On one occasion, I had brought 2 friends with me on a sunny spring afternoon to visit the property. Once again, we found ourselves upstairs, me playing with the ISO settings on my camera. As I was trying to ready my camera for a picture, I heard a noise that I dreaded hearing; the sound of footsteps inside the house. I immediately tensed, my other friends noticing my reaction and did the same. We listened intently, I could feel my heart in my throat. The footsteps were heavy, like a man’s, and sounded like it was a possibility this intruder was wearing heavy boots that clomped harshly on the wooden floors. As I listened more carefully, I came to a puzzling and startling conclusion; the footsteps were coming from upstairs. That was impossible. We would have heard anyone climb the wooden stairs, we were in the room directly off them. And yet, here we were, listening to those dreadful footsteps coming from the room next door. It sounded like who ever, or what ever, was in that room was pacing back and forth continuously. As we waited, it didn’t seem like whatever it was was going to leave the room. And then, as suddenly as they started, they stopped, vanishing into the dusty atmosphere of the shadowy house. We waited for several minutes, listening for them to start back up. They didn’t. And we hastily left. To this day, none of us have no idea what we heard.

Final Thoughts

Whatever inspired all of these stories is a mystery to me. As a kid, I remember hearing them being told, and as I grew older, I continued that time honored ritual. So what exactly is at work here? The product of over active youthful imaginations that burned these tales into legend? Or do these stories have a shred of truth to them that is still waiting to be uncovered? Maybe the only ones that truly know are the ancient Maples that cast their shadows upon the house.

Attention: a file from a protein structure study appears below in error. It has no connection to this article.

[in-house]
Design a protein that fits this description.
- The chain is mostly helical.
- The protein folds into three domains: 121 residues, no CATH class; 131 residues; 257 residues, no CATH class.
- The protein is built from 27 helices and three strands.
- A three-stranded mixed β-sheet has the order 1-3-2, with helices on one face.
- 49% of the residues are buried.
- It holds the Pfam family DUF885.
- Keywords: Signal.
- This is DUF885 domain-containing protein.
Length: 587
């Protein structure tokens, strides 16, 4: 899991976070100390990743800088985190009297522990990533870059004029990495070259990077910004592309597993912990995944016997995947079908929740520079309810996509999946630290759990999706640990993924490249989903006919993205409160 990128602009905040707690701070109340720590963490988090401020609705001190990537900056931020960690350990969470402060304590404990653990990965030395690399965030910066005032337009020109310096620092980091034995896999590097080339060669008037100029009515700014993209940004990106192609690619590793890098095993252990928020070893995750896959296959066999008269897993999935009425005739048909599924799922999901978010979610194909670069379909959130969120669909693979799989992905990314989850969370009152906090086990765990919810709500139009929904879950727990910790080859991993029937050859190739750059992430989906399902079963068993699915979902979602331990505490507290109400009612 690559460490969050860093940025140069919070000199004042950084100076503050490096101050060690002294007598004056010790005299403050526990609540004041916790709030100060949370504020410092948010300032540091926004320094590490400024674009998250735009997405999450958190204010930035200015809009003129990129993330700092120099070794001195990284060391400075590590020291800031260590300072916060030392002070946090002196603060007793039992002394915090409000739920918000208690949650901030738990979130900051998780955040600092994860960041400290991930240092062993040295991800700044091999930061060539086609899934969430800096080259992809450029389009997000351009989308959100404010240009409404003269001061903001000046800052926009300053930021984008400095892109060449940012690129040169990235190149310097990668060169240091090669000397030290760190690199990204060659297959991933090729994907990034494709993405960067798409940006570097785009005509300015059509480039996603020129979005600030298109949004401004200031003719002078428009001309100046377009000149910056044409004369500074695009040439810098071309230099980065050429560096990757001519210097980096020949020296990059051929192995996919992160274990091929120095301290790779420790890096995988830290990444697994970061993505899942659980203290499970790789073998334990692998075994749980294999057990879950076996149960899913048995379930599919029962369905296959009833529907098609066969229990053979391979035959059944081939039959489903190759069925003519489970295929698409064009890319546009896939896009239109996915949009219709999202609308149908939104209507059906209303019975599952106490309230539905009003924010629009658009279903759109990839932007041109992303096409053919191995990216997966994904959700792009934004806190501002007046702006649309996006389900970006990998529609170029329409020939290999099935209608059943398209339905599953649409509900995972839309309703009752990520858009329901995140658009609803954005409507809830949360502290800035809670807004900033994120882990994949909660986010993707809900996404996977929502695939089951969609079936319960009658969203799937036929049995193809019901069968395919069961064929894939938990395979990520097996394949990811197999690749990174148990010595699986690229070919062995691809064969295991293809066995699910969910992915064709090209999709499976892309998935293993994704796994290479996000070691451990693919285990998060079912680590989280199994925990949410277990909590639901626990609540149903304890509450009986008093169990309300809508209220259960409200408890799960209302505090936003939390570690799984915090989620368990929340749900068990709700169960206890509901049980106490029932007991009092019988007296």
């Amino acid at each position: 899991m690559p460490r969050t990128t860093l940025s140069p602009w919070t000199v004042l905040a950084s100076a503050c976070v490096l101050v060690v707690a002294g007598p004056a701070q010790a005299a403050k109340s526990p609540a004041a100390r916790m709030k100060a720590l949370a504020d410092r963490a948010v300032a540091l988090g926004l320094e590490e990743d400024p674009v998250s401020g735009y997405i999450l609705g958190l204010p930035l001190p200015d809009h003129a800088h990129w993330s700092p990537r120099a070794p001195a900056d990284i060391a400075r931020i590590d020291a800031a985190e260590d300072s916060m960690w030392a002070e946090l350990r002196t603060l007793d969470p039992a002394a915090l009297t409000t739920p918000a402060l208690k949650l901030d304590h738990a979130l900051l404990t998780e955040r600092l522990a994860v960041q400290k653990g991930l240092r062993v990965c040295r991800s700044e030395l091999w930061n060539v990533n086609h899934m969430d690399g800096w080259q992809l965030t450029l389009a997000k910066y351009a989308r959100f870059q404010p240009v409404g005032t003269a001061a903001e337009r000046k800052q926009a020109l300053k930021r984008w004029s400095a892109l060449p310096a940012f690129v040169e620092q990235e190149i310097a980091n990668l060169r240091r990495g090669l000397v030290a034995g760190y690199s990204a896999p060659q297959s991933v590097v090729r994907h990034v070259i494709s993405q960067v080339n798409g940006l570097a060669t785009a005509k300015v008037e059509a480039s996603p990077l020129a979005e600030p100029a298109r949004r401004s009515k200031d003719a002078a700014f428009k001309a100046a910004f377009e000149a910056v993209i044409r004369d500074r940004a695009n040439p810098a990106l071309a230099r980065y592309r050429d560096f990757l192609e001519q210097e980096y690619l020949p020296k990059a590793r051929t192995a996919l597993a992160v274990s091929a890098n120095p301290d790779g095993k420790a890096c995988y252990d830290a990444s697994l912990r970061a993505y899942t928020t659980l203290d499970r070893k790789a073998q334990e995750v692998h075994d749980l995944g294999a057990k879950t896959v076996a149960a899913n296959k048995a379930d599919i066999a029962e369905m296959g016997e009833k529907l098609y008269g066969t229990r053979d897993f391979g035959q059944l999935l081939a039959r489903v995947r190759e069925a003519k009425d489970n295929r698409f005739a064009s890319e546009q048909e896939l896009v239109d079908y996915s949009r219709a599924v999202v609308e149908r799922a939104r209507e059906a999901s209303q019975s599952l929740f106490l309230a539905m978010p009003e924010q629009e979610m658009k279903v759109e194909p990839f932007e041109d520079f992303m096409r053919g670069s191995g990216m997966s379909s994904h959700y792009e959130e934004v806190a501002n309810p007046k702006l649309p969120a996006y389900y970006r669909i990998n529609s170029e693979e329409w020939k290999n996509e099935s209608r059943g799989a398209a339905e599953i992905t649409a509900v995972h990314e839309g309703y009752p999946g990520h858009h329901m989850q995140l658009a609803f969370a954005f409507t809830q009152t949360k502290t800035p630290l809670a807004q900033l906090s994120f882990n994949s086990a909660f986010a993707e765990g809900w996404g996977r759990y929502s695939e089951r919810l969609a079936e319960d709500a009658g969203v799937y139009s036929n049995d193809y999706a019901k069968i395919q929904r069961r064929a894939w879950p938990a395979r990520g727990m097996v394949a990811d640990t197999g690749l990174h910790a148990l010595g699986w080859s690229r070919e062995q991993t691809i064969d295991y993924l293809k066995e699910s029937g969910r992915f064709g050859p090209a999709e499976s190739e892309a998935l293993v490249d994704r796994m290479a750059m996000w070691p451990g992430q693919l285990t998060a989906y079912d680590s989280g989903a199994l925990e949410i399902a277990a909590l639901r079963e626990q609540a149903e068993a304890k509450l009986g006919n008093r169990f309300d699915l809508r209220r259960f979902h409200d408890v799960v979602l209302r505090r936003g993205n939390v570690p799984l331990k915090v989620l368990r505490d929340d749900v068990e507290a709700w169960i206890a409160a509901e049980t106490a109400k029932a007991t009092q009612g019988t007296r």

An interesting footnote to this story is that the current owner of the house confessed to me that the house is in fact haunted. However, the stories I had written about made hims scratch his head in confusion – he had never heard of before. Strange things have happened inside he said, but nothing like what I had reported. But the owner didn’t want to elaborate any further. He gave me the gist that the house was kind of a burden to him.

Maybe its the real estate that adds to it’s creepiness. It was built over a swamp. It’s dank stone basement flooded pretty frequently. A talk with an employee of the local town water district verified that, as he told me he’s been to that place quite a few times, and had some complaints about the shoddy electric work, among other things.

This house, with its rural setting and creepy atmosphere is the perfect breeding ground for urban legends. It’s sort of a comforting thought in my mind, that such mysterious places still exist. As the community develops and evolves around the house, it’s always enjoyable to hear that these legends are still told, and the house still stands to mystify the next generation of curiosity seekers – daring to show you a world that is familiar and yet, completely foreign.

The Photos

These photos were taken variously through out the years, from when I was a bullet proof teenager looking for a thrill, until a few years recently. Some of these may not be my best work, so excuse the quality. But – I’ve added them to tell the story of the house and it’s atmosphere. Until I find my way back to re-photograph it that is…